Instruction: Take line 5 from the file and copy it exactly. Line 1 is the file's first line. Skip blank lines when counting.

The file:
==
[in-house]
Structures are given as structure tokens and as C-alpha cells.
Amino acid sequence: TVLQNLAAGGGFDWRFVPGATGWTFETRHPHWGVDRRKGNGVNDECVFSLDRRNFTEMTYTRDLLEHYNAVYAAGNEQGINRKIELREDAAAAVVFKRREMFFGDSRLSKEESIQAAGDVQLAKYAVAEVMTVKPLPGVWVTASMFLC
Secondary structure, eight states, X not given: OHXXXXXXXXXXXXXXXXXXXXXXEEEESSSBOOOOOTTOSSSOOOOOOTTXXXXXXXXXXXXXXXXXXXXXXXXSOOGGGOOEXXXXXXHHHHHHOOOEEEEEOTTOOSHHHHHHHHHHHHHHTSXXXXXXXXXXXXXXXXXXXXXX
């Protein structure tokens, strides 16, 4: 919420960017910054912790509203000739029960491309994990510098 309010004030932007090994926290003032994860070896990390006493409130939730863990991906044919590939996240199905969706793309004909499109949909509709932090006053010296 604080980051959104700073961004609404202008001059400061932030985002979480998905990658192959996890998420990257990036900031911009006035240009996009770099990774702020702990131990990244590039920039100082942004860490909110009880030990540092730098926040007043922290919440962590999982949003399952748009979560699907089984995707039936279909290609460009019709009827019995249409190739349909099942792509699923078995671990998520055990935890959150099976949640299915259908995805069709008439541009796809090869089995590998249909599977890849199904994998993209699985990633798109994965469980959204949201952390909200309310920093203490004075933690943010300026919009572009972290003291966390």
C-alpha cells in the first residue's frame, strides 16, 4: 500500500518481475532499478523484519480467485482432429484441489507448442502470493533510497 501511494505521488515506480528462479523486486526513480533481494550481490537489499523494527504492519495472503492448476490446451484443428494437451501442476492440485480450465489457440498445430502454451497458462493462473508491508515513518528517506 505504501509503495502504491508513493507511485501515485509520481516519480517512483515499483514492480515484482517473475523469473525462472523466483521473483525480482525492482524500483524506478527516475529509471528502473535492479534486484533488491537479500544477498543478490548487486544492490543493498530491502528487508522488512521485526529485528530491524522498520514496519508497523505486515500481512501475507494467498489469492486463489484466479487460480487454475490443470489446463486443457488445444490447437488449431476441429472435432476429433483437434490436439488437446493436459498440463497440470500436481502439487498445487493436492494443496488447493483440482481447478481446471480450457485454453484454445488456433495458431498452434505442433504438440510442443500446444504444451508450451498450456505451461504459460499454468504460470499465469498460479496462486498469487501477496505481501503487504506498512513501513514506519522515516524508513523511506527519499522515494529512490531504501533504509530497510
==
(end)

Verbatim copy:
């Protein structure tokens, strides 16, 4: 919420960017910054912790509203000739029960491309994990510098 309010004030932007090994926290003032994860070896990390006493409130939730863990991906044919590939996240199905969706793309004909499109949909509709932090006053010296 604080980051959104700073961004609404202008001059400061932030985002979480998905990658192959996890998420990257990036900031911009006035240009996009770099990774702020702990131990990244590039920039100082942004860490909110009880030990540092730098926040007043922290919440962590999982949003399952748009979560699907089984995707039936279909290609460009019709009827019995249409190739349909099942792509699923078995671990998520055990935890959150099976949640299915259908995805069709008439541009796809090869089995590998249909599977890849199904994998993209699985990633798109994965469980959204949201952390909200309310920093203490004075933690943010300026919009572009972290003291966390």